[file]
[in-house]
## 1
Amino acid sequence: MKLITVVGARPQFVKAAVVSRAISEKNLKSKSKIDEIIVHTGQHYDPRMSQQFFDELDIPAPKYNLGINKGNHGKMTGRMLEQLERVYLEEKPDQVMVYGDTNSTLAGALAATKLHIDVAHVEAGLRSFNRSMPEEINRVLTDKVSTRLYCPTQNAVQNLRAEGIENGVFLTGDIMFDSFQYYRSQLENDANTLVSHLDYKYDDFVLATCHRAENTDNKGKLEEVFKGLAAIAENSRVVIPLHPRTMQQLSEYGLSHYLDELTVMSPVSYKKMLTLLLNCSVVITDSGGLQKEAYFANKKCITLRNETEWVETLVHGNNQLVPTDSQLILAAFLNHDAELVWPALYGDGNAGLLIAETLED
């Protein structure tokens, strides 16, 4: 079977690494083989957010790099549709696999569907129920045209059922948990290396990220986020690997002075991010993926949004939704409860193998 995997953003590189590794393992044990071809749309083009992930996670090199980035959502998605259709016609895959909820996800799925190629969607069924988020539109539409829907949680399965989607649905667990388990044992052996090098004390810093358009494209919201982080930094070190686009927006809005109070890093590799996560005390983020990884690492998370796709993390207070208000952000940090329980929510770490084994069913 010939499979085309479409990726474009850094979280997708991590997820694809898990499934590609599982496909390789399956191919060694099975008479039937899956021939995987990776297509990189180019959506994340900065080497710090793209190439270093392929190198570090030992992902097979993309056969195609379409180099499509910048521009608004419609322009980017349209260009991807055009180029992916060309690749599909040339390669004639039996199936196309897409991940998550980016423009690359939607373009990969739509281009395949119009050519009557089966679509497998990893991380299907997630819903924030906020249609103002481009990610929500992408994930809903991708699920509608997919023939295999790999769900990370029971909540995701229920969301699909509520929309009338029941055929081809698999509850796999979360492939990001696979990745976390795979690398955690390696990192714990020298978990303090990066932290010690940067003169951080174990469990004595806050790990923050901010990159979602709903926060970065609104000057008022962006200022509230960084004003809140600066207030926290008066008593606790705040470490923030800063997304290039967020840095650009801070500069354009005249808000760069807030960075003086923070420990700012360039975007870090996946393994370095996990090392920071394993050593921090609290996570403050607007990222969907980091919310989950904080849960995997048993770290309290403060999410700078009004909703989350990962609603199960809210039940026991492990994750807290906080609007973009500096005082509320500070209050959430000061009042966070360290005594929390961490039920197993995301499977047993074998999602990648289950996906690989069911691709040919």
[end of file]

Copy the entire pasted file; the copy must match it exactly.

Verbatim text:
[in-house]
## 1
Amino acid sequence: MKLITVVGARPQFVKAAVVSRAISEKNLKSKSKIDEIIVHTGQHYDPRMSQQFFDELDIPAPKYNLGINKGNHGKMTGRMLEQLERVYLEEKPDQVMVYGDTNSTLAGALAATKLHIDVAHVEAGLRSFNRSMPEEINRVLTDKVSTRLYCPTQNAVQNLRAEGIENGVFLTGDIMFDSFQYYRSQLENDANTLVSHLDYKYDDFVLATCHRAENTDNKGKLEEVFKGLAAIAENSRVVIPLHPRTMQQLSEYGLSHYLDELTVMSPVSYKKMLTLLLNCSVVITDSGGLQKEAYFANKKCITLRNETEWVETLVHGNNQLVPTDSQLILAAFLNHDAELVWPALYGDGNAGLLIAETLED
């Protein structure tokens, strides 16, 4: 079977690494083989957010790099549709696999569907129920045209059922948990290396990220986020690997002075991010993926949004939704409860193998 995997953003590189590794393992044990071809749309083009992930996670090199980035959502998605259709016609895959909820996800799925190629969607069924988020539109539409829907949680399965989607649905667990388990044992052996090098004390810093358009494209919201982080930094070190686009927006809005109070890093590799996560005390983020990884690492998370796709993390207070208000952000940090329980929510770490084994069913 010939499979085309479409990726474009850094979280997708991590997820694809898990499934590609599982496909390789399956191919060694099975008479039937899956021939995987990776297509990189180019959506994340900065080497710090793209190439270093392929190198570090030992992902097979993309056969195609379409180099499509910048521009608004419609322009980017349209260009991807055009180029992916060309690749599909040339390669004639039996199936196309897409991940998550980016423009690359939607373009990969739509281009395949119009050519009557089966679509497998990893991380299907997630819903924030906020249609103002481009990610929500992408994930809903991708699920509608997919023939295999790999769900990370029971909540995701229920969301699909509520929309009338029941055929081809698999509850796999979360492939990001696979990745976390795979690398955690390696990192714990020298978990303090990066932290010690940067003169951080174990469990004595806050790990923050901010990159979602709903926060970065609104000057008022962006200022509230960084004003809140600066207030926290008066008593606790705040470490923030800063997304290039967020840095650009801070500069354009005249808000760069807030960075003086923070420990700012360039975007870090996946393994370095996990090392920071394993050593921090609290996570403050607007990222969907980091919310989950904080849960995997048993770290309290403060999410700078009004909703989350990962609603199960809210039940026991492990994750807290906080609007973009500096005082509320500070209050959430000061009042966070360290005594929390961490039920197993995301499977047993074998999602990648289950996906690989069911691709040919």